But still, our maternal death rate is terrible, particularly with women of color. Our infant mortality rate is appalling considering we are the richest country in the world. Our numbers need to change, but I think our movie has made a big impact on educating people about their options. Every film I make comes from a place of informed choice. It’s not about telling people what to do.
The cannabis debate in Weed The People comes from that place. It’s about parents having access to a medicine that has been vilified and taken away for no good reason.
Since you’ve been touring Weed The People, have you been meeting other families who are in situations similar to the ones depicted in the film?
There have been so many cases of children being taken away from their parents for putting them on the oil. We brought the movie to Parliament in the United Kingdom over the summer because there was a famous case involving an epileptic child who had his medicine taken away when going through Heathrow. He went from zero to 100 seizures a day. It was massive. We brought the film to Oklahoma City to the deadCenter Film Festival two weeks before they passed the medicinal cannabis referendum in that state. They give some of the credit to our film.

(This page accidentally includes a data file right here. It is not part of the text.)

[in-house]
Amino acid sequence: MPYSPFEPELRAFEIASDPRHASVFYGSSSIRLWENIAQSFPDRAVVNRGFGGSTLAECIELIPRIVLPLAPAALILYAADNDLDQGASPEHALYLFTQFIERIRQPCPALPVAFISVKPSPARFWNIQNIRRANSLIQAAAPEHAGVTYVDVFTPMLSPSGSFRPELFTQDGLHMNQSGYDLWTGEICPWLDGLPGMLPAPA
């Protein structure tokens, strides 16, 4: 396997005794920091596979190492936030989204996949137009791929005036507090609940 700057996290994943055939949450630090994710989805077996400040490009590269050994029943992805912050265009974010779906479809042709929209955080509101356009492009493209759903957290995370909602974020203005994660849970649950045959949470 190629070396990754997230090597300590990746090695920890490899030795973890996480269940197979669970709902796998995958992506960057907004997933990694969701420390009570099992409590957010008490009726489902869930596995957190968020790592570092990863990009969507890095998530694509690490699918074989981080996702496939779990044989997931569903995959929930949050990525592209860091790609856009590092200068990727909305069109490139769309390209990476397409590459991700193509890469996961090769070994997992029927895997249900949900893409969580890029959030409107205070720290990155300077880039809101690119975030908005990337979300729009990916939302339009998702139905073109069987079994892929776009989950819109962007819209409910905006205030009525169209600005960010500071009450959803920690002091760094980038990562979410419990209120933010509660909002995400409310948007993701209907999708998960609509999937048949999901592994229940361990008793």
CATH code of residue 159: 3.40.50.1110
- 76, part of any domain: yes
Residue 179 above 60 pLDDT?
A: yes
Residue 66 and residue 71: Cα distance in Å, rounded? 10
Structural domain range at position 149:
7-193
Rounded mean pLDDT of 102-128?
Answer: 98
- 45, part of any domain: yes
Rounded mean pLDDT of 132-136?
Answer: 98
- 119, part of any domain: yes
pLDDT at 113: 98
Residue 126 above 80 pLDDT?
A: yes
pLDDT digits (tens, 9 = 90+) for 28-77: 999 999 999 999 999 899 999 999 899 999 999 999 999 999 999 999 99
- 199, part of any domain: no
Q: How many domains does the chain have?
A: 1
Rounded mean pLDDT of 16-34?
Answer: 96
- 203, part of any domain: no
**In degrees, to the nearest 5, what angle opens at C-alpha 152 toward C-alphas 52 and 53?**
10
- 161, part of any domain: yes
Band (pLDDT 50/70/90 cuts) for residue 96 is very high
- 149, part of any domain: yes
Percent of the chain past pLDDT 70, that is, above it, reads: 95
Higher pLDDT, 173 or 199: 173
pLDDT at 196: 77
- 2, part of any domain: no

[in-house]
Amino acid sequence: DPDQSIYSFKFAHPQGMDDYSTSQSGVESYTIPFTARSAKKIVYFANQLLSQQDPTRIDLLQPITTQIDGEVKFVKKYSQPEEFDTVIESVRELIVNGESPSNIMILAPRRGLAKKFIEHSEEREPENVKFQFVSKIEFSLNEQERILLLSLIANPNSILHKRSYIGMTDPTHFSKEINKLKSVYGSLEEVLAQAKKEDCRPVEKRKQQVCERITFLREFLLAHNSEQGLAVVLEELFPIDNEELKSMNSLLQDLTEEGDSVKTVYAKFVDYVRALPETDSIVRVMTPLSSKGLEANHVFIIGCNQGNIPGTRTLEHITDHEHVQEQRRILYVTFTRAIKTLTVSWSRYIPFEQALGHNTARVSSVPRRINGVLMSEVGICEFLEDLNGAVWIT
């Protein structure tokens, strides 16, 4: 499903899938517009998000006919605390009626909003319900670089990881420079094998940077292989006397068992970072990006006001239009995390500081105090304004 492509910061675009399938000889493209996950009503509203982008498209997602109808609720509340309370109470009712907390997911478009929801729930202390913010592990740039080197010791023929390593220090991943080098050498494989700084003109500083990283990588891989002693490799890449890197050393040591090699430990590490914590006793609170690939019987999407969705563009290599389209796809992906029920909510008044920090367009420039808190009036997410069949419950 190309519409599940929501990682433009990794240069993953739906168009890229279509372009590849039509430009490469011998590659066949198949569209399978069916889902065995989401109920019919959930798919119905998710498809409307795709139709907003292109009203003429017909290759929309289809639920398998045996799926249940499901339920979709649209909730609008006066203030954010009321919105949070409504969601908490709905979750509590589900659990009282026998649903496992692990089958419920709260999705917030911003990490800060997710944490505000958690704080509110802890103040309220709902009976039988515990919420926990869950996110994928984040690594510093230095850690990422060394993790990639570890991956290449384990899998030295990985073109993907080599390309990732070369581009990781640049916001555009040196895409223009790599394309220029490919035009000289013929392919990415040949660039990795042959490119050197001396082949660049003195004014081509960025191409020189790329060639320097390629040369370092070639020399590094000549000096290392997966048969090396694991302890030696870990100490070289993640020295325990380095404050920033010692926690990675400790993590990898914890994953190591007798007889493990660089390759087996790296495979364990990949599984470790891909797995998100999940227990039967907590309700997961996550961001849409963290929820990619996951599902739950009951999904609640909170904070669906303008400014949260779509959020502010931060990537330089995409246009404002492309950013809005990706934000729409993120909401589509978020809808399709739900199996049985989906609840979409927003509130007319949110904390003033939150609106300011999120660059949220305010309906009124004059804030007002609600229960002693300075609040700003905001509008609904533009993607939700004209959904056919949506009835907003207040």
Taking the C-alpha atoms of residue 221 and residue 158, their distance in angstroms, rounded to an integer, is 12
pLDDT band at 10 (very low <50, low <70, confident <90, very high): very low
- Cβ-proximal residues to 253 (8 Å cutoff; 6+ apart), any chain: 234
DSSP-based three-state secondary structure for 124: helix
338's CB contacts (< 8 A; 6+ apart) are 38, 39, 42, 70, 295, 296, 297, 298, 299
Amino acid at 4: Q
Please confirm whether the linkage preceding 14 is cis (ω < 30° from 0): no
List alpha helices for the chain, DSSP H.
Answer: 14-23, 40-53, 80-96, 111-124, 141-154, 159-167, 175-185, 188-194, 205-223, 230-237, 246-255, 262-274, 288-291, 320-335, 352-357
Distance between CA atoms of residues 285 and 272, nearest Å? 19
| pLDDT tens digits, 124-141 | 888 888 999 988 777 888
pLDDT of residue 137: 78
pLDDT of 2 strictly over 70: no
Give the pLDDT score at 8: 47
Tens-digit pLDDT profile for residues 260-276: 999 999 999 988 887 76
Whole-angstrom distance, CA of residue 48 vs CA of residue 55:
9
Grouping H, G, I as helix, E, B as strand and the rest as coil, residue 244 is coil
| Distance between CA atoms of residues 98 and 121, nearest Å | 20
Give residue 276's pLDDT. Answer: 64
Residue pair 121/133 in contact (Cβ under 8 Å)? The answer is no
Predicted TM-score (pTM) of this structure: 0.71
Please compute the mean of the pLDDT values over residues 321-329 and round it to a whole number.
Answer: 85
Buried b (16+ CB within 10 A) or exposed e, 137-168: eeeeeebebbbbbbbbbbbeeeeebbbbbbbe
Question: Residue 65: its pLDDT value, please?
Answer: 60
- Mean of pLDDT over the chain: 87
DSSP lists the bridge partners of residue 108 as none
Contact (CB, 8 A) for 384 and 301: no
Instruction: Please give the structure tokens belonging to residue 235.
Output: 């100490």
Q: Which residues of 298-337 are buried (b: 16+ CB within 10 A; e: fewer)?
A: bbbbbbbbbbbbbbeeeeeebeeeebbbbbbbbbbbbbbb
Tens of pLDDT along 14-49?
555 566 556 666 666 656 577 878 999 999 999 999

It’s an exciting time and I do think our movie is a real tool. UCLA is doing a cannabis-research initiative and the movie helps with their fundraising. They can’t get federal funding for it because it is a Schedule I drug, so they have to find donors. When they see children on the oil and how it alleviates their suffering and tumor shrinkage, it’s remarkable. It’s a travesty more people don’t know what this plant can do.
Since there hasn’t been much research on the positive effects of medical marijuana, there isn’t a lot of data to rely on. Has anyone used that to discredit the film?
We’re not making a scientific claim. It’s anecdotal. These are children we followed for five and a half years. The results are what they are. I don’t want to give away the film, but some children did really well and there is one that didn’t. It’s not an exact science. What works for one child doesn’t [always] work for another.
The point is to see these families and what they go through. We’re not trying to make some statement that it cures cancer. We don’t use “cure” at all. It can be helpful, but the jury is out on how helpful it is.
Weed The People started out as a passion project of your late husband. How does it feel to see it through to the end?
It’s rewarding, but bittersweet because he’s not here. This is an extraordinary man who struggled with being bipolar, having chronic pain, and [low] self-esteem. He was my favorite person, but so many things were challenging for him. One of those things was having a sense of purpose of why he was here. Posthumously, it was very clear that this movie was his purpose. He is one of the reasons why the children in this film are thriving today, because this movie would not have happened without him. We dedicate the movie to him. I wish he had lived to see it.
Weed The People. 7 and 9:30 p.m. Thursday, January 24, at FilmBar, 815 North Second Street; 602-595-9187; thefilmbarphx.com. Tickets are $10.